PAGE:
Vulgar insult to Park condemned
At a briefing on Thursday, DP spokesman Hong Ihk-pyo called Park Chung Hee a gwitae, which can be loosely translated as someone who should not have been born. Literally, it refers to a fetus aborted from the womb.
Hong went on to compare Park to Japanese Prime Minister Shinzo Abe, whose maternal grandfather, former prime minister Nobusuke Kishi, was accused of being a Class-A war criminal by the Allied Forces in the aftermath of World War II but was later released. Kishi was industry minister during World War II.
Citing a book on Kishi and the late President Park, Hong compared the Japanese imperialistic military rule that Kishi served and the authoritarian rule of Park Chung Hee, and said, “Ironically, their offspring are now leaders of Korea and Japan,” referring to Park Geun-hye and Abe.
The comment came as ruling Saenuri Party and the DP lock horns over the National Intelligence Service’s meddling in last year’s presidential campaign, which Park has distanced herself from, and the issue of whether former president Roh Moo-hyun disavowed the Northern Limit Line, the de facto western sea border, in a summit in North Korea in 2007.
The Blue House and the Saenuri Party lashed out and demanded an apology from the Democratic Party.
Park’s spokeswoman, Kim Haing, said Hong’s remarks “are an insult to the people who voted for the president” and that he “crossed the line.”
Lee Jung-hyun, the senior presidential secretary for public affairs, held a press briefing yesterday morning and said, “Representative Hong Ihk-pyo’s remarks not only question his individual qualifications but were a thoughtless verbal attack that cannot come from a National Assembly representative.
“As if it’s not enough that North Korea verbally attacks our president, but to have our lawmakers speak of our president like that is an insult to our national dignity and its people and cannot be tolerated,” Lee added.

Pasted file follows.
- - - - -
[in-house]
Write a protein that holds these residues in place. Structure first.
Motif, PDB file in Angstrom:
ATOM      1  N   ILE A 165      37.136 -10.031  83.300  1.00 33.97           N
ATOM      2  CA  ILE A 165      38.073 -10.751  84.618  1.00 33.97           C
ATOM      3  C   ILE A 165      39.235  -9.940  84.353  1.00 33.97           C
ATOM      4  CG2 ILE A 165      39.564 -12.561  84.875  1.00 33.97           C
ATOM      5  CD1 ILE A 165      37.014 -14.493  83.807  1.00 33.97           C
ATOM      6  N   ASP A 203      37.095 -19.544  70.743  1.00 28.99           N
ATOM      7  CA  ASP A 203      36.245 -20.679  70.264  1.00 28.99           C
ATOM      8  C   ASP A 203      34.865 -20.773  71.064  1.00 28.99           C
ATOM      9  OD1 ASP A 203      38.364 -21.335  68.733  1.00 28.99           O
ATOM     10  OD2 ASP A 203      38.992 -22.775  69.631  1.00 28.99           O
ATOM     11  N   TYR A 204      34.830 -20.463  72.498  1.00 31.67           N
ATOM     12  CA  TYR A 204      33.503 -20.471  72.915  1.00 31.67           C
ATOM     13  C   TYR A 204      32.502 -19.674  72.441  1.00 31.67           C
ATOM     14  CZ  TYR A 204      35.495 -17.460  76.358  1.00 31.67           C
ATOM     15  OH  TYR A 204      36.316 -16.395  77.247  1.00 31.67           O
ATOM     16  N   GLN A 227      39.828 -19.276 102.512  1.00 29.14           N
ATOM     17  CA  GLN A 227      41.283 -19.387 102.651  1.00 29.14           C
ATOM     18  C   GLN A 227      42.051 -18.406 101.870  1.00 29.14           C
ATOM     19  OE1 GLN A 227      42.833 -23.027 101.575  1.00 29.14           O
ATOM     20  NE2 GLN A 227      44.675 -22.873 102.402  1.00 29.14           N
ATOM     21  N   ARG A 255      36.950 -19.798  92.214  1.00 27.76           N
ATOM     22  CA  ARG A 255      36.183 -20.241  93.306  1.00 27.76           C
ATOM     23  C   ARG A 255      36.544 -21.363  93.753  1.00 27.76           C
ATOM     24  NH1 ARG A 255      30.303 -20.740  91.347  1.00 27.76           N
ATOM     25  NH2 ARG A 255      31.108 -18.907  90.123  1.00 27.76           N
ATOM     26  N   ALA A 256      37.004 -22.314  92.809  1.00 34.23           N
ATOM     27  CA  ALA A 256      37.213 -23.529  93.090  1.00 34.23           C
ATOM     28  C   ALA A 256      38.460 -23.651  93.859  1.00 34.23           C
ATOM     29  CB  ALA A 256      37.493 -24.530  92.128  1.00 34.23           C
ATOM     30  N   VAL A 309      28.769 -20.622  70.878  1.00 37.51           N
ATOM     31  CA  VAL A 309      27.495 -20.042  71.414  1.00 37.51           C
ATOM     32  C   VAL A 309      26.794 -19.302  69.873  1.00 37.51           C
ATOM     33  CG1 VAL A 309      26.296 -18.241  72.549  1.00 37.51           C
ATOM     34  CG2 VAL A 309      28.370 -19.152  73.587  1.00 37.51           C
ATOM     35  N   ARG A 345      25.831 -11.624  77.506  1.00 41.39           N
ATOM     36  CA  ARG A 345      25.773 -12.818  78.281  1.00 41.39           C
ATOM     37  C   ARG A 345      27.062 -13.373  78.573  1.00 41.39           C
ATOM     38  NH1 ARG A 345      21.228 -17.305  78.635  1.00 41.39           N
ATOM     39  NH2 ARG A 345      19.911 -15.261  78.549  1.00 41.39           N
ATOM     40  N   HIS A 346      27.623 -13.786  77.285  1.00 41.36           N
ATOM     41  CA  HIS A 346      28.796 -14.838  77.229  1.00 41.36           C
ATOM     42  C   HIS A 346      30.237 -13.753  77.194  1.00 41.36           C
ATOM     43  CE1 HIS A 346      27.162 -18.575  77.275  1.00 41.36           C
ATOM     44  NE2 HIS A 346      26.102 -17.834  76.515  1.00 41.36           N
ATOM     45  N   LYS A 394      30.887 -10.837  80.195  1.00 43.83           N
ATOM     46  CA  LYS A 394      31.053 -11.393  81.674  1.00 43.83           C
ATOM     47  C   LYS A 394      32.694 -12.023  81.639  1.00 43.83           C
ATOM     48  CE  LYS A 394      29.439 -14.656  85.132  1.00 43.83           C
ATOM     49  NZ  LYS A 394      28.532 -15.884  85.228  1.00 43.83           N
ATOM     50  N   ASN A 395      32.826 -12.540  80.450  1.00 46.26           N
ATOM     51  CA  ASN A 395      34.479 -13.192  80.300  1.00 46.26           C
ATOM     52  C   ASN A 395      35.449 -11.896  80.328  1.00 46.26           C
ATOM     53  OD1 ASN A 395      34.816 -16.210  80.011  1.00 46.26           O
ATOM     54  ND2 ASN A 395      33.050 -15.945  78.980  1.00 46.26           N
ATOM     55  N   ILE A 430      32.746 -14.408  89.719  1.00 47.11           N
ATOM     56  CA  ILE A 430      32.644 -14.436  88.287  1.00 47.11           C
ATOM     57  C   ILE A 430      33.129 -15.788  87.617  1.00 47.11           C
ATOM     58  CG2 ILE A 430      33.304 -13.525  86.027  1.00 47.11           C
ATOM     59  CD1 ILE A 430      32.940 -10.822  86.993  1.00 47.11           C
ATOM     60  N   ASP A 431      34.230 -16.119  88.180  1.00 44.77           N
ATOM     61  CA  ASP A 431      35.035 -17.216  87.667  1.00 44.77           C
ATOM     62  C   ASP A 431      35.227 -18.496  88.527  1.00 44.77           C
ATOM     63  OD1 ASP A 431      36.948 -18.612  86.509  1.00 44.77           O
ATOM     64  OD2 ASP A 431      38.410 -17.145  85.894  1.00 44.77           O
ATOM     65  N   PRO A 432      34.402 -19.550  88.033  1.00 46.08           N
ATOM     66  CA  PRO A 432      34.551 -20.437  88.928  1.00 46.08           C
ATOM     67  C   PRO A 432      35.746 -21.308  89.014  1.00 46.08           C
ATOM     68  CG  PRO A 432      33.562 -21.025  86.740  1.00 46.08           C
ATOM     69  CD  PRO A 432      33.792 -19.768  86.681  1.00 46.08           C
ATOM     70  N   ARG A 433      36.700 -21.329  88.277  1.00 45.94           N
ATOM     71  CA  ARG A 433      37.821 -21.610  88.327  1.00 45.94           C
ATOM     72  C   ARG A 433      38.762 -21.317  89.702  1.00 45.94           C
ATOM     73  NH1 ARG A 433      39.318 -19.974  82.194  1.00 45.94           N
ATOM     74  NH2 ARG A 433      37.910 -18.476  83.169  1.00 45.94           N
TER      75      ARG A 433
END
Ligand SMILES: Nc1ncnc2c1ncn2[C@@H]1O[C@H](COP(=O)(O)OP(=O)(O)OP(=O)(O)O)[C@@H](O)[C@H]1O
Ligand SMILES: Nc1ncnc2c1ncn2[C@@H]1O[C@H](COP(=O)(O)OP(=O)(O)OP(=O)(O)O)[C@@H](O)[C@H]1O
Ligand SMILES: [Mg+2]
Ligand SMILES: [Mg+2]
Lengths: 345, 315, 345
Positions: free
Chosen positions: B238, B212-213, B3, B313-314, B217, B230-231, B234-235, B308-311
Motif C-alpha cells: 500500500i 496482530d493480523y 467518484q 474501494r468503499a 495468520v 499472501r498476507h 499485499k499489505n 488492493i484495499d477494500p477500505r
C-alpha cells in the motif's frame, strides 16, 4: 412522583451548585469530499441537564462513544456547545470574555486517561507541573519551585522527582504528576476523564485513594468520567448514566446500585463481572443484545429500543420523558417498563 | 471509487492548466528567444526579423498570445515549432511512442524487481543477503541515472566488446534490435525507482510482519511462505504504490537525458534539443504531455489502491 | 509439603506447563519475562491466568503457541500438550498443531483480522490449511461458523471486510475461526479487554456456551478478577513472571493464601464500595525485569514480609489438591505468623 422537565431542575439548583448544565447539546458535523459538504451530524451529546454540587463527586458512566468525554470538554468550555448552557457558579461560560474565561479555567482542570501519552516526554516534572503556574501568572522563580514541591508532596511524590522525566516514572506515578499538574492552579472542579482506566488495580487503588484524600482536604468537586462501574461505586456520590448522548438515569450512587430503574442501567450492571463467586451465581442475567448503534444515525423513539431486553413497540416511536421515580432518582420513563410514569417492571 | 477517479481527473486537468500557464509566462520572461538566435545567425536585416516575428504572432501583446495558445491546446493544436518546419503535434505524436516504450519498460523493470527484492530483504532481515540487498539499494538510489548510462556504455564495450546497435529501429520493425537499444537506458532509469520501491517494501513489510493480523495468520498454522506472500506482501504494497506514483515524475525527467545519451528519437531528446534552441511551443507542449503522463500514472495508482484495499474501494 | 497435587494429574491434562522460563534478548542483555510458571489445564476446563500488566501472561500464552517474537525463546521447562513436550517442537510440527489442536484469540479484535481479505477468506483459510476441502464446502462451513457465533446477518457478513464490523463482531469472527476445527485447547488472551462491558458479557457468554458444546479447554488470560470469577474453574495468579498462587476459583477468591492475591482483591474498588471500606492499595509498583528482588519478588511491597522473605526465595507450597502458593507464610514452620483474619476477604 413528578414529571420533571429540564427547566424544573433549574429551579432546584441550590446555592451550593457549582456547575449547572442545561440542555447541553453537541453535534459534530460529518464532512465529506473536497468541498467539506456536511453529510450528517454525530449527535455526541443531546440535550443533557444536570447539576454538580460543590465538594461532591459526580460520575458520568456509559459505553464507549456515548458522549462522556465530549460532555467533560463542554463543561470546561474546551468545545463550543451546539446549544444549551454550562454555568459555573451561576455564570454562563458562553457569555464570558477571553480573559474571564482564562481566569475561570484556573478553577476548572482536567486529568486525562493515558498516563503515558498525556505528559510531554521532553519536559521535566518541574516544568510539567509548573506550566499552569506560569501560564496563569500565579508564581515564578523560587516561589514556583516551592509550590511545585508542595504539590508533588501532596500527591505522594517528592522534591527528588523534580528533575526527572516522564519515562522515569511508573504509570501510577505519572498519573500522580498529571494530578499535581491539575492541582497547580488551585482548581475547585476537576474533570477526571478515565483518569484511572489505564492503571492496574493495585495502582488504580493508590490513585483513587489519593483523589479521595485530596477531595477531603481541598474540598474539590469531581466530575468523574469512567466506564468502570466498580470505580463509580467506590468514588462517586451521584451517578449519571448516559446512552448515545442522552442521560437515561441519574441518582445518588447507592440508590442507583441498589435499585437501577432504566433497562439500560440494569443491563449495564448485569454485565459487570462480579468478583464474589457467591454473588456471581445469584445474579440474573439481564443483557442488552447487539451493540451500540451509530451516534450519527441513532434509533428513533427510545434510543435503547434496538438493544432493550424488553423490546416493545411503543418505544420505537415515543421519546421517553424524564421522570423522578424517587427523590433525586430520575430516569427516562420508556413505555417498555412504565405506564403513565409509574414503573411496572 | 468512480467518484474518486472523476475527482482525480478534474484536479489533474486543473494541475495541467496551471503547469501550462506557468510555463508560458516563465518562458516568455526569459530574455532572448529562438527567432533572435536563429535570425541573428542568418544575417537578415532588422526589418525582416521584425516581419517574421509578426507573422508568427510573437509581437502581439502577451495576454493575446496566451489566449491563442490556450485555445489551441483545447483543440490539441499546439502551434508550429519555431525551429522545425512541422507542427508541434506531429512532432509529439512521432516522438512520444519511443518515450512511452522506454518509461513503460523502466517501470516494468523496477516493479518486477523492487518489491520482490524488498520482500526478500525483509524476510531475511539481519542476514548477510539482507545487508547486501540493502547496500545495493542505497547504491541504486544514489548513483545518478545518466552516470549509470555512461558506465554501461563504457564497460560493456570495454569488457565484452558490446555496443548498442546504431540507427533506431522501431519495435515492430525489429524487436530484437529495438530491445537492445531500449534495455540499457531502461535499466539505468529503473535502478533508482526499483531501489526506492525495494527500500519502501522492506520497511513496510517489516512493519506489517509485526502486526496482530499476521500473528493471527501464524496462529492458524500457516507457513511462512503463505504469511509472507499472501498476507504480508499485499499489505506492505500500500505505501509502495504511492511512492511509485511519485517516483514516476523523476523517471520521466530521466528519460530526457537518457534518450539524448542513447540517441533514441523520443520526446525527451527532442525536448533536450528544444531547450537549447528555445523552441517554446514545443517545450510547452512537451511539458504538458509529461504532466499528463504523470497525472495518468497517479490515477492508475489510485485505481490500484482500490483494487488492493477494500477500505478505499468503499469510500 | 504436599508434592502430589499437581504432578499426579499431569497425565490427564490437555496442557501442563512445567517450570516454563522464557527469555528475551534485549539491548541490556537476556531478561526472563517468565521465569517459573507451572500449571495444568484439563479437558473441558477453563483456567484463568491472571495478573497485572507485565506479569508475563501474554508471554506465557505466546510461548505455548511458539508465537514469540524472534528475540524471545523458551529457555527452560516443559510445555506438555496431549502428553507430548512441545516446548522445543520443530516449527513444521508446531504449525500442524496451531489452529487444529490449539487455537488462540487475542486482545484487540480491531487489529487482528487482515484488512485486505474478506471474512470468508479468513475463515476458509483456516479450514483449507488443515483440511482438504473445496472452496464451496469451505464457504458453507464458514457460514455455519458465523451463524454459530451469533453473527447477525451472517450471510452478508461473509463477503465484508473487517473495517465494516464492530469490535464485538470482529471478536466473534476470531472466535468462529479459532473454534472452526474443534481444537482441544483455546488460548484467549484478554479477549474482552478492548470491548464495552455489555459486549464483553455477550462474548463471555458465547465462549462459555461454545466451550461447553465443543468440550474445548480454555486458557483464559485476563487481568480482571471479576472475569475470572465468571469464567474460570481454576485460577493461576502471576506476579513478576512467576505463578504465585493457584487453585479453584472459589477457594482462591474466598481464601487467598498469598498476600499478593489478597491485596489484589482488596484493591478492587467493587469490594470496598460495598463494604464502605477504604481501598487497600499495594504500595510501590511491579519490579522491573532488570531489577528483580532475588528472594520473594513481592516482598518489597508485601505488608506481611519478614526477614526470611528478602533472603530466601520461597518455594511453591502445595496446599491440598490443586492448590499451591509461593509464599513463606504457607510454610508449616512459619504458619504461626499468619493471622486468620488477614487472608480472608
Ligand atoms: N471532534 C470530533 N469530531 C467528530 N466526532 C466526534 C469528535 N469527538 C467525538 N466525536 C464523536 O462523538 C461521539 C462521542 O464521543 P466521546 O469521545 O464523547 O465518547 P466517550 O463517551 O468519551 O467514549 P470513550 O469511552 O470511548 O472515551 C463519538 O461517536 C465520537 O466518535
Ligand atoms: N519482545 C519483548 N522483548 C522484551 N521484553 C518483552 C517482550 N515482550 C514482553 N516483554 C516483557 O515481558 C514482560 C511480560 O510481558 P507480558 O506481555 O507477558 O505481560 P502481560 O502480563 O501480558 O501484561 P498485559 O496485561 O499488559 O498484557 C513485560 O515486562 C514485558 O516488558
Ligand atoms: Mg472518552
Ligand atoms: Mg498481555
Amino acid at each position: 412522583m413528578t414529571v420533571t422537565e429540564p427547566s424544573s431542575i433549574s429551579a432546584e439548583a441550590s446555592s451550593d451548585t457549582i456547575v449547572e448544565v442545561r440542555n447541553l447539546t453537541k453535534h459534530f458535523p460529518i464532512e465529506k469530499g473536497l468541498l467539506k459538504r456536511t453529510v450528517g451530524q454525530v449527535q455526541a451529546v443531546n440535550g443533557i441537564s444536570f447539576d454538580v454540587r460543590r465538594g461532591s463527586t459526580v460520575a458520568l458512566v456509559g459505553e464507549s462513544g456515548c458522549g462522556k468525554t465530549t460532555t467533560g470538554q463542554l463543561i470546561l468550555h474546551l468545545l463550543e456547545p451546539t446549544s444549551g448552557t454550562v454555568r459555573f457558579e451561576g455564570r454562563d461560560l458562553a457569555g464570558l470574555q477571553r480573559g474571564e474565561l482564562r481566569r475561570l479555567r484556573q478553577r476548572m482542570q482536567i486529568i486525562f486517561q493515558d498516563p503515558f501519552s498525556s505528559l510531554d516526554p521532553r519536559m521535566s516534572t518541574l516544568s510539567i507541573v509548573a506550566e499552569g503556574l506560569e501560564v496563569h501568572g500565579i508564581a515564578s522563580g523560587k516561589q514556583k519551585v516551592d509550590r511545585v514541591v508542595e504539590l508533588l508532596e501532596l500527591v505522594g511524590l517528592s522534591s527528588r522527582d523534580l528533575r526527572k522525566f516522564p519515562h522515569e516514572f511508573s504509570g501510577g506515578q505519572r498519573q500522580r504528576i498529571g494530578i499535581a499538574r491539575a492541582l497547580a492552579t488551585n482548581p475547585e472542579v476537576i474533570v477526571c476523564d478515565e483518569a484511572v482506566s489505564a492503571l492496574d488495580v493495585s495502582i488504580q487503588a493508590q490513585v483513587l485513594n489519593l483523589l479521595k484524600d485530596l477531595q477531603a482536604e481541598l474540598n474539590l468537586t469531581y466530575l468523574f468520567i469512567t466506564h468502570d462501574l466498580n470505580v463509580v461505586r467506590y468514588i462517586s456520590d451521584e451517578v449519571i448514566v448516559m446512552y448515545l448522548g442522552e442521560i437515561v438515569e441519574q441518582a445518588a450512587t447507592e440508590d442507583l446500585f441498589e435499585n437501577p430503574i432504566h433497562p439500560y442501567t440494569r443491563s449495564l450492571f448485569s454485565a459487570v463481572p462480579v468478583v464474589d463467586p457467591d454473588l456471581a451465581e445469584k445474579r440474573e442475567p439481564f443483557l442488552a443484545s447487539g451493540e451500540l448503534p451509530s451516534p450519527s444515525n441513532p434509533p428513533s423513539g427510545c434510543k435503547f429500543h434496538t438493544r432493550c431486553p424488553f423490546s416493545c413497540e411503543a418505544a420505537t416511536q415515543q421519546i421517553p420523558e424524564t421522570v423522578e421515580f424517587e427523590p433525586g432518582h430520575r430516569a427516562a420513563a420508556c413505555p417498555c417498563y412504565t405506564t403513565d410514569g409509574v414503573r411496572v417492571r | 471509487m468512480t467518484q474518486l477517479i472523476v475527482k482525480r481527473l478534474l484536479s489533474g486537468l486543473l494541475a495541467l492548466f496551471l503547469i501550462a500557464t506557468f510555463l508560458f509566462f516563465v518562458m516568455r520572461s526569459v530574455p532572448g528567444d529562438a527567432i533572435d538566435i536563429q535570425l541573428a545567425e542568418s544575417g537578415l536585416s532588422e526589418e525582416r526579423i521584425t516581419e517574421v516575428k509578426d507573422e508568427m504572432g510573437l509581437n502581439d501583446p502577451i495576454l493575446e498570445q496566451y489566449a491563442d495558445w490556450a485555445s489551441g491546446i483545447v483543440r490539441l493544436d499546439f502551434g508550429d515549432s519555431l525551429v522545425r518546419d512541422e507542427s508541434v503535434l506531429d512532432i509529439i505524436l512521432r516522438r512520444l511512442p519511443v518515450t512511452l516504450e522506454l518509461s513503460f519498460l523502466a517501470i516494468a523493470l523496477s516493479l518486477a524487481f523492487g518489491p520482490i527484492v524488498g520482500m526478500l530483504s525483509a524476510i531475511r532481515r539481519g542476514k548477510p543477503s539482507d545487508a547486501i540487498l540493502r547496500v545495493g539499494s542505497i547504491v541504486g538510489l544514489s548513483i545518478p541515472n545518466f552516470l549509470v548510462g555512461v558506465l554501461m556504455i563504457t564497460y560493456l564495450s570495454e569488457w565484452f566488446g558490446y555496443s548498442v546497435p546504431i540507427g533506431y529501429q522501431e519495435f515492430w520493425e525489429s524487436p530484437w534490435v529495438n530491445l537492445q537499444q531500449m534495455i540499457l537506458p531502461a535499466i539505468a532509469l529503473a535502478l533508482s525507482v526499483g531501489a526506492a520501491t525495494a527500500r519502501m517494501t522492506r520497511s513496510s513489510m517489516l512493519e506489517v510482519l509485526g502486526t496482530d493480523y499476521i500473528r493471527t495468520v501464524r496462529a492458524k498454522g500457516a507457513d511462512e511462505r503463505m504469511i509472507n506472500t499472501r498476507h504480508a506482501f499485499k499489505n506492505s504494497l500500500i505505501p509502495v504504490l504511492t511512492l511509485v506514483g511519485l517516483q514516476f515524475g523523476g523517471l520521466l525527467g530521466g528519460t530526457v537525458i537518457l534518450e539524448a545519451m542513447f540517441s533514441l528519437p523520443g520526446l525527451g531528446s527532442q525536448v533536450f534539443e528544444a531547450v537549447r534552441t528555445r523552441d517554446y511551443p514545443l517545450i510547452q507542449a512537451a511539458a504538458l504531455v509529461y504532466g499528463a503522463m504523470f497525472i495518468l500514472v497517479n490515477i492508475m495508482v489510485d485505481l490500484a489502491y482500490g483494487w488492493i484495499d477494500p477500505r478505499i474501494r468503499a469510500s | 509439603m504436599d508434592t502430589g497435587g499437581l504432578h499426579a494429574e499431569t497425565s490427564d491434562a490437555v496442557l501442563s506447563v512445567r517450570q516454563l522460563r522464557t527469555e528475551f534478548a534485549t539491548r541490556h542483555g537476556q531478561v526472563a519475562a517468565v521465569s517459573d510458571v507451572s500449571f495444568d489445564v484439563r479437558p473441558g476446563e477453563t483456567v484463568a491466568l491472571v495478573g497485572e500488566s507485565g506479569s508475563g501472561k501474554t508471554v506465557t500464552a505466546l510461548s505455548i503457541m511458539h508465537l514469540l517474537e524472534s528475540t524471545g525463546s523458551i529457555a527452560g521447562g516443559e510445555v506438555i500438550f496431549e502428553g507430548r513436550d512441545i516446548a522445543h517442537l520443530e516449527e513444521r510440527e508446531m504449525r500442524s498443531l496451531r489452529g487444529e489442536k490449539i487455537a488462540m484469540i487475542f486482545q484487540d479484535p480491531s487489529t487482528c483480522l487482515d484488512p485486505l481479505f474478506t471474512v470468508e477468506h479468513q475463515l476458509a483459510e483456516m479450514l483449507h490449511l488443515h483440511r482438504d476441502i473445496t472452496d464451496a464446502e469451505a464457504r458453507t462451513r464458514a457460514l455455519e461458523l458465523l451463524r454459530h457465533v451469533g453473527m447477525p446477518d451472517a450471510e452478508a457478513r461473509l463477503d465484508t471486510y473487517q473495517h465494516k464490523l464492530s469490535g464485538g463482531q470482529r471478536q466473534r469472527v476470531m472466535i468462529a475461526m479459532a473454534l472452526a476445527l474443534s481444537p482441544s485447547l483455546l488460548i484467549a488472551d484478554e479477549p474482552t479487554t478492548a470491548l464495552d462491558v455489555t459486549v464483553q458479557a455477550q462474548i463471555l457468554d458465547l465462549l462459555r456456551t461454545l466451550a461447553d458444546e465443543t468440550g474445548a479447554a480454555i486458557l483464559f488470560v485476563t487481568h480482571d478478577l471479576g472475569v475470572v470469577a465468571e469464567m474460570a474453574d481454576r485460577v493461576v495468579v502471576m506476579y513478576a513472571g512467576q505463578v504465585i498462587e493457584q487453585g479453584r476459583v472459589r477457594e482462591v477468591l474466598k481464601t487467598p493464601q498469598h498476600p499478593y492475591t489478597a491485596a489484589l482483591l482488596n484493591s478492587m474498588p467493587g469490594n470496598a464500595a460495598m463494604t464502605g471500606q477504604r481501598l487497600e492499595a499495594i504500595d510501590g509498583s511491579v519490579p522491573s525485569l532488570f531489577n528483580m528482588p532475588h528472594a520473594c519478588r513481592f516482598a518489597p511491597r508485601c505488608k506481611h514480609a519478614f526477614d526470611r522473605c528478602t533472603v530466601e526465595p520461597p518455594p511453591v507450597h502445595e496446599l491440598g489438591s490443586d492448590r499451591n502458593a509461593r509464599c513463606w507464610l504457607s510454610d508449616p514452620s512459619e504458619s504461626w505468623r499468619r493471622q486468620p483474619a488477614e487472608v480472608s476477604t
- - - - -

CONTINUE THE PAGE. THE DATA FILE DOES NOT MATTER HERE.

The Saenuri Party canceled its scheduled reading of the original transcript of the inter-Korea summit meeting between Roh and Kim Jong-il from 2007, along with all other National Assembly floor events scheduled for the day.
Two-thirds of the members of the National Assembly had earlier this month voted for the records of the conversation between the leaders to be opened to lawmakers.
A transcript of the conversation declassified by the National Intelligence Service last month was a copy from the presidential records. The new transcript is the original from the National Archives.
Officials were to visit the National Archives of Korea in Seongnam, Gyeonggi, yesterday to compare passages from the original with the copy describing Roh’s meeting with Kim.
The Saenuri Party convened an emergency Supreme Council meeting yesterday to come up with a response to Hong’s comments.
“This remark is an act of defamation and a direct attack on the head of state,” said Saenuri Party Chairman Hwang Woo-yea at the meeting. “A politician should not carry out acts that trample upon and downgrade the dignity of the country.
“[Hong] made the remark not as an individual politician but a party member, thus the Democratic Party needs to take appropriate measures,” he said, adding that an apology from a DP leader such as its chairman Kim Han-gill was in order.
The Saenuri Party further demanded that Hong resign to take responsibility for his words.
“This is not a matter we can just overlook as a party,” said majority floor leader Choi Kyung-hwan.
As the controversy snowballed, Hong responded that his remark “was quoting a line from a book” and that he “regrets if it was reflected as an attack on the president.” But he did not apologize.
When the Saenuri backed out of all plans for the day, the DP, which had been in the midst of a Supreme Council meeting, also discussed how to respond.
BY SARAH KIM [firstname.lastname@example.org]
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